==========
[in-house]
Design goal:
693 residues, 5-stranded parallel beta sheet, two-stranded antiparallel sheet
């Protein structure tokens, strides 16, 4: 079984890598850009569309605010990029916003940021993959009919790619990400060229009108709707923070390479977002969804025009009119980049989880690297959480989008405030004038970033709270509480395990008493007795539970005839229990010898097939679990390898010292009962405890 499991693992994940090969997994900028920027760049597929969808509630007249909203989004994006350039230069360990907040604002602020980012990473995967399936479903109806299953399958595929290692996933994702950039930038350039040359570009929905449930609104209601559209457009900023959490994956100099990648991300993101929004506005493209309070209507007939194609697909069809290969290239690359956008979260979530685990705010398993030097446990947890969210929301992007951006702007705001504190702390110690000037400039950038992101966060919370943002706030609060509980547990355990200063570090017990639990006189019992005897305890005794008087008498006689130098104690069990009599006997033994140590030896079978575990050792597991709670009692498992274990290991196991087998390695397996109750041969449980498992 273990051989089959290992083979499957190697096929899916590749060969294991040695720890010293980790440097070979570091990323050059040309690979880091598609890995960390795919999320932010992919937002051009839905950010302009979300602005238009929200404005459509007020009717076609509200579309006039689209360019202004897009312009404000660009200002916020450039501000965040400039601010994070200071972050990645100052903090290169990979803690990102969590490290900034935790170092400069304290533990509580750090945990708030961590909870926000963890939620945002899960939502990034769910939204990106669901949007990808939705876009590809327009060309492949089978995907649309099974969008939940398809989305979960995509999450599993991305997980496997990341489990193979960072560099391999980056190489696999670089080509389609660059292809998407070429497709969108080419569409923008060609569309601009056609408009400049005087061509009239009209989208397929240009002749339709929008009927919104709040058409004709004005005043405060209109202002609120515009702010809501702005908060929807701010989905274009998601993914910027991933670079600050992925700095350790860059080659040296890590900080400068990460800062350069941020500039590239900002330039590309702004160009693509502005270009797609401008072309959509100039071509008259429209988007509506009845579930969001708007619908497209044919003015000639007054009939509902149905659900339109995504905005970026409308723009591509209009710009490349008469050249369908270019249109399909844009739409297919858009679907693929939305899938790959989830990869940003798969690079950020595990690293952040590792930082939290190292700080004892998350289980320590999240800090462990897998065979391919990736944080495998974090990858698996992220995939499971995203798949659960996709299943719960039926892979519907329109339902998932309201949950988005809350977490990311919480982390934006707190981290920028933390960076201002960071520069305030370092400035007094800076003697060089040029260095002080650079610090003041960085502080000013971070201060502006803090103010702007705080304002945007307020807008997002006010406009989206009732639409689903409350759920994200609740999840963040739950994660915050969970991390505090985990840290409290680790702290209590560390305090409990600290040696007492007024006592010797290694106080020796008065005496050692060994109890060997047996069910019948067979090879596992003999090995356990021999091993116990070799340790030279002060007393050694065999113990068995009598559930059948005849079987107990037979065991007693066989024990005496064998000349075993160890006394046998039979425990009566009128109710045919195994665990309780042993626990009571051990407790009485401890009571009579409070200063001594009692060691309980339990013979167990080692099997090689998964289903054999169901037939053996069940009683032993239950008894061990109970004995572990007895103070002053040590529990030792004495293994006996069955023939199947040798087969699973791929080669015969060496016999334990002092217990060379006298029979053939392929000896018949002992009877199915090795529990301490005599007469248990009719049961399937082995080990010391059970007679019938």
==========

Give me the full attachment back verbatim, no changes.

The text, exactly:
[in-house]
Design goal:
693 residues, 5-stranded parallel beta sheet, two-stranded antiparallel sheet
């Protein structure tokens, strides 16, 4: 079984890598850009569309605010990029916003940021993959009919790619990400060229009108709707923070390479977002969804025009009119980049989880690297959480989008405030004038970033709270509480395990008493007795539970005839229990010898097939679990390898010292009962405890 499991693992994940090969997994900028920027760049597929969808509630007249909203989004994006350039230069360990907040604002602020980012990473995967399936479903109806299953399958595929290692996933994702950039930038350039040359570009929905449930609104209601559209457009900023959490994956100099990648991300993101929004506005493209309070209507007939194609697909069809290969290239690359956008979260979530685990705010398993030097446990947890969210929301992007951006702007705001504190702390110690000037400039950038992101966060919370943002706030609060509980547990355990200063570090017990639990006189019992005897305890005794008087008498006689130098104690069990009599006997033994140590030896079978575990050792597991709670009692498992274990290991196991087998390695397996109750041969449980498992 273990051989089959290992083979499957190697096929899916590749060969294991040695720890010293980790440097070979570091990323050059040309690979880091598609890995960390795919999320932010992919937002051009839905950010302009979300602005238009929200404005459509007020009717076609509200579309006039689209360019202004897009312009404000660009200002916020450039501000965040400039601010994070200071972050990645100052903090290169990979803690990102969590490290900034935790170092400069304290533990509580750090945990708030961590909870926000963890939620945002899960939502990034769910939204990106669901949007990808939705876009590809327009060309492949089978995907649309099974969008939940398809989305979960995509999450599993991305997980496997990341489990193979960072560099391999980056190489696999670089080509389609660059292809998407070429497709969108080419569409923008060609569309601009056609408009400049005087061509009239009209989208397929240009002749339709929008009927919104709040058409004709004005005043405060209109202002609120515009702010809501702005908060929807701010989905274009998601993914910027991933670079600050992925700095350790860059080659040296890590900080400068990460800062350069941020500039590239900002330039590309702004160009693509502005270009797609401008072309959509100039071509008259429209988007509506009845579930969001708007619908497209044919003015000639007054009939509902149905659900339109995504905005970026409308723009591509209009710009490349008469050249369908270019249109399909844009739409297919858009679907693929939305899938790959989830990869940003798969690079950020595990690293952040590792930082939290190292700080004892998350289980320590999240800090462990897998065979391919990736944080495998974090990858698996992220995939499971995203798949659960996709299943719960039926892979519907329109339902998932309201949950988005809350977490990311919480982390934006707190981290920028933390960076201002960071520069305030370092400035007094800076003697060089040029260095002080650079610090003041960085502080000013971070201060502006803090103010702007705080304002945007307020807008997002006010406009989206009732639409689903409350759920994200609740999840963040739950994660915050969970991390505090985990840290409290680790702290209590560390305090409990600290040696007492007024006592010797290694106080020796008065005496050692060994109890060997047996069910019948067979090879596992003999090995356990021999091993116990070799340790030279002060007393050694065999113990068995009598559930059948005849079987107990037979065991007693066989024990005496064998000349075993160890006394046998039979425990009566009128109710045919195994665990309780042993626990009571051990407790009485401890009571009579409070200063001594009692060691309980339990013979167990080692099997090689998964289903054999169901037939053996069940009683032993239950008894061990109970004995572990007895103070002053040590529990030792004495293994006996069955023939199947040798087969699973791929080669015969060496016999334990002092217990060379006298029979053939392929000896018949002992009877199915090795529990301490005599007469248990009719049961399937082995080990010391059970007679019938």